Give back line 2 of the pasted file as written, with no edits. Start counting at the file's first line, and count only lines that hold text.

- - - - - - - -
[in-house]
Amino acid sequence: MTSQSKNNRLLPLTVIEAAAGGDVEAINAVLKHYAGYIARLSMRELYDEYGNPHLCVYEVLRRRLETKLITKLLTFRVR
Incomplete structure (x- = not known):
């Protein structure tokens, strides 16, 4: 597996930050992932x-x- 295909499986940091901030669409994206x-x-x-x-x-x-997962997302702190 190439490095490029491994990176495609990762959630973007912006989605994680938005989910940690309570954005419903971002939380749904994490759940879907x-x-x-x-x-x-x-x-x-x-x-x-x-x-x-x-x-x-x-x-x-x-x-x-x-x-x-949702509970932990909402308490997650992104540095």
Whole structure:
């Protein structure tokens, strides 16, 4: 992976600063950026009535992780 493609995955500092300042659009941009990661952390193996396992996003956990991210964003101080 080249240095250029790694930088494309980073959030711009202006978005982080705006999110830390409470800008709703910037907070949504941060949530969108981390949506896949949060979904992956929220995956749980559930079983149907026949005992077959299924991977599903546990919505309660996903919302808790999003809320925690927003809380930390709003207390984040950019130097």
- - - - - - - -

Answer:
Amino acid sequence: MTSQSKNNRLLPLTVIEAAAGGDVEAINAVLKHYAGYIARLSMRELYDEYGNPHLCVYEVLRRRLETKLITKLLTFRVR